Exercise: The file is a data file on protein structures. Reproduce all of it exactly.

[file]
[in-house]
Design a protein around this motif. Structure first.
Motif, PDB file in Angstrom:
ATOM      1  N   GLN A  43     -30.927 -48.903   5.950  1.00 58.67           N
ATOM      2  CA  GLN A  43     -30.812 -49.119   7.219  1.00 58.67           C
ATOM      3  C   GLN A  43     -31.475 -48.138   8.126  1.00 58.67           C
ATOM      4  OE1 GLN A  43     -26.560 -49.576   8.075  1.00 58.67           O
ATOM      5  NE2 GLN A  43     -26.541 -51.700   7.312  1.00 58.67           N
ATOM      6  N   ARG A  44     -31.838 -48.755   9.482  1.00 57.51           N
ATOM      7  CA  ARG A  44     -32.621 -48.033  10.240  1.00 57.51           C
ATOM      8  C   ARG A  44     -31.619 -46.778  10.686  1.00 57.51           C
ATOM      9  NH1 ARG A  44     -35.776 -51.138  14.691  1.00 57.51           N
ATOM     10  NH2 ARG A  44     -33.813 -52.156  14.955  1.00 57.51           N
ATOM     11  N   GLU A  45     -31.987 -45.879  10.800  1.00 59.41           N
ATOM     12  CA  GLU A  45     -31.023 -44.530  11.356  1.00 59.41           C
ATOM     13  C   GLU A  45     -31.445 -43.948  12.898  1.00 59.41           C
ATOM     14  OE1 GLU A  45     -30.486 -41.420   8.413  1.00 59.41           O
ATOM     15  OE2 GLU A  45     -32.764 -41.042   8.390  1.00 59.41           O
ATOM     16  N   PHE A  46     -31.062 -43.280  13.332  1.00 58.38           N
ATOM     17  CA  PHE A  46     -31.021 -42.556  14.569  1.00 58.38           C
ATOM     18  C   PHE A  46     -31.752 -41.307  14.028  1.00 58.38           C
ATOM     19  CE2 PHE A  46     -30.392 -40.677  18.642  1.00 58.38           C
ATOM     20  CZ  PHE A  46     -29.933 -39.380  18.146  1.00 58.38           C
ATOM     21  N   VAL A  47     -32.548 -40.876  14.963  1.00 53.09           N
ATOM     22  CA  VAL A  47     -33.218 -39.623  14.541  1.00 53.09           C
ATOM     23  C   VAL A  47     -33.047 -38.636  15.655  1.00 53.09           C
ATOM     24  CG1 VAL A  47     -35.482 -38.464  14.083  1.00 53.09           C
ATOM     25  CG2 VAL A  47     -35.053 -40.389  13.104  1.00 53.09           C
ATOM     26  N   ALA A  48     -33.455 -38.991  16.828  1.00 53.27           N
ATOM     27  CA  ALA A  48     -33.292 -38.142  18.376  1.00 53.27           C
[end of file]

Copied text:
[in-house]
Design a protein around this motif. Structure first.
Motif, PDB file in Angstrom:
ATOM      1  N   GLN A  43     -30.927 -48.903   5.950  1.00 58.67           N
ATOM      2  CA  GLN A  43     -30.812 -49.119   7.219  1.00 58.67           C
ATOM      3  C   GLN A  43     -31.475 -48.138   8.126  1.00 58.67           C
ATOM      4  OE1 GLN A  43     -26.560 -49.576   8.075  1.00 58.67           O
ATOM      5  NE2 GLN A  43     -26.541 -51.700   7.312  1.00 58.67           N
ATOM      6  N   ARG A  44     -31.838 -48.755   9.482  1.00 57.51           N
ATOM      7  CA  ARG A  44     -32.621 -48.033  10.240  1.00 57.51           C
ATOM      8  C   ARG A  44     -31.619 -46.778  10.686  1.00 57.51           C
ATOM      9  NH1 ARG A  44     -35.776 -51.138  14.691  1.00 57.51           N
ATOM     10  NH2 ARG A  44     -33.813 -52.156  14.955  1.00 57.51           N
ATOM     11  N   GLU A  45     -31.987 -45.879  10.800  1.00 59.41           N
ATOM     12  CA  GLU A  45     -31.023 -44.530  11.356  1.00 59.41           C
ATOM     13  C   GLU A  45     -31.445 -43.948  12.898  1.00 59.41           C
ATOM     14  OE1 GLU A  45     -30.486 -41.420   8.413  1.00 59.41           O
ATOM     15  OE2 GLU A  45     -32.764 -41.042   8.390  1.00 59.41           O
ATOM     16  N   PHE A  46     -31.062 -43.280  13.332  1.00 58.38           N
ATOM     17  CA  PHE A  46     -31.021 -42.556  14.569  1.00 58.38           C
ATOM     18  C   PHE A  46     -31.752 -41.307  14.028  1.00 58.38           C
ATOM     19  CE2 PHE A  46     -30.392 -40.677  18.642  1.00 58.38           C
ATOM     20  CZ  PHE A  46     -29.933 -39.380  18.146  1.00 58.38           C
ATOM     21  N   VAL A  47     -32.548 -40.876  14.963  1.00 53.09           N
ATOM     22  CA  VAL A  47     -33.218 -39.623  14.541  1.00 53.09           C
ATOM     23  C   VAL A  47     -33.047 -38.636  15.655  1.00 53.09           C
ATOM     24  CG1 VAL A  47     -35.482 -38.464  14.083  1.00 53.09           C
ATOM     25  CG2 VAL A  47     -35.053 -40.389  13.104  1.00 53.09           C
ATOM     26  N   ALA A  48     -33.455 -38.991  16.828  1.00 53.27           N
ATOM     27  CA  ALA A  48     -33.292 -38.142  18.376  1.00 53.27           C